Hours after being sworn in, Justin Trudeau made good on one of his campaign promises: to appoint a cabinet that was staffed at least half by women.
Canada is experiencing a wave of change after electing its newest leader, self-declared feminist Justin Trudeau. Hours after being sworn in, Trudeau made good on one of his campaign promises – to appoint a cabinet that was staffed at least half by women.
Fifteen of the thirty seats were appointed to up-and-coming female politicians. Among them, “Environment Minister Catherine McKenna, an Ottawa human-rights lawyer; Carla Qualtrough, a para-Olympic swimmer from Vancouver in the sports ministry; and Maryam Monsef, a native of Afghanistan, as minister of democratic institutions,” reported the Bloomberg.
Canada is now in a tie with France and Lichenstein for the third-most female cabinet members in the world. Democratic socialist nations of Sweden and Finland beat them out.
Overall, the response has been quite positive.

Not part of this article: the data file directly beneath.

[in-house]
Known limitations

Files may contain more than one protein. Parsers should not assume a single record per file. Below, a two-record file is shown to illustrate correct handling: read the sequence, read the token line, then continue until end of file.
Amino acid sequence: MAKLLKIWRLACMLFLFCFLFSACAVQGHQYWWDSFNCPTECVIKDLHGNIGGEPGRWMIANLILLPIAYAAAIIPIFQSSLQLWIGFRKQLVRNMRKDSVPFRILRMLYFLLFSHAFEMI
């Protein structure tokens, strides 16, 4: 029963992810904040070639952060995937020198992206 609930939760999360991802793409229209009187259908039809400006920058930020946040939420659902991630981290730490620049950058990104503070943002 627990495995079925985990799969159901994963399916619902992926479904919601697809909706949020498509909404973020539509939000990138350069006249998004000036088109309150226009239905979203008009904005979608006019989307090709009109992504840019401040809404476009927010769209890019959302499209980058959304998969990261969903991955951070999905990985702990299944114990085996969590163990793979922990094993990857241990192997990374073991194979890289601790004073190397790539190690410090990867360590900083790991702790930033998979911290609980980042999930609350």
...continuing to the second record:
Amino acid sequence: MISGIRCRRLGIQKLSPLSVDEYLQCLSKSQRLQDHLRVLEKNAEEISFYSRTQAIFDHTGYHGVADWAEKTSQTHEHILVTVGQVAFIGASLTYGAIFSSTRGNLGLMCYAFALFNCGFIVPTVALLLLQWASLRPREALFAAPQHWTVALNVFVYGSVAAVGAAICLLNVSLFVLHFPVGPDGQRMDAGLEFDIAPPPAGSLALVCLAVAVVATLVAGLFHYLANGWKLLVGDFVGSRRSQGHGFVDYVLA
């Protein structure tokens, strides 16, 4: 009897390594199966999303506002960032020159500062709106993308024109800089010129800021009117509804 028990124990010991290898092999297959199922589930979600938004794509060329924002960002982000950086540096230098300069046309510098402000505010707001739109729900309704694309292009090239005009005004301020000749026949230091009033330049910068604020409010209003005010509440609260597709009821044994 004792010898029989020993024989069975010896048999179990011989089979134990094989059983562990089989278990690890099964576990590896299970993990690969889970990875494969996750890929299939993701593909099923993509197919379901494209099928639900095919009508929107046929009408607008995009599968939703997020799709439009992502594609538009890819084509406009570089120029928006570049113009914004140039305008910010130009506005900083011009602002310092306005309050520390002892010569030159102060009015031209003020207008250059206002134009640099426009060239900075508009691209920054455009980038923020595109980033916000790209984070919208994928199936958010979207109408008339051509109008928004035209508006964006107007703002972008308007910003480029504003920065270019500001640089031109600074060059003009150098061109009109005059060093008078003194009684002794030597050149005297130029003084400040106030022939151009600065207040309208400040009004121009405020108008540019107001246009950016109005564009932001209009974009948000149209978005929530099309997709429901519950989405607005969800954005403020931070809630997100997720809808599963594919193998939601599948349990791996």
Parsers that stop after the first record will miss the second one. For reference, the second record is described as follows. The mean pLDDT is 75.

Said Carleton University professor Jonathan Malloy:
“The immediate responses have been very positive. Canada has never really had a gender-parity moment before so it’s a big leap for us. Canadian politicians often talk about parity while running campaigns but it’s a big deal to actually do it.”
Quebec’s former premier, Jean Charest, was jubilant about the news. He stated:
“It’s a message to Canadian women — and young women in particular — that this world is about you. You have to move beyond the old boy’s network.”
America might learn something from its northern neighbor – if anything, the ability for politicians to keep their promises.
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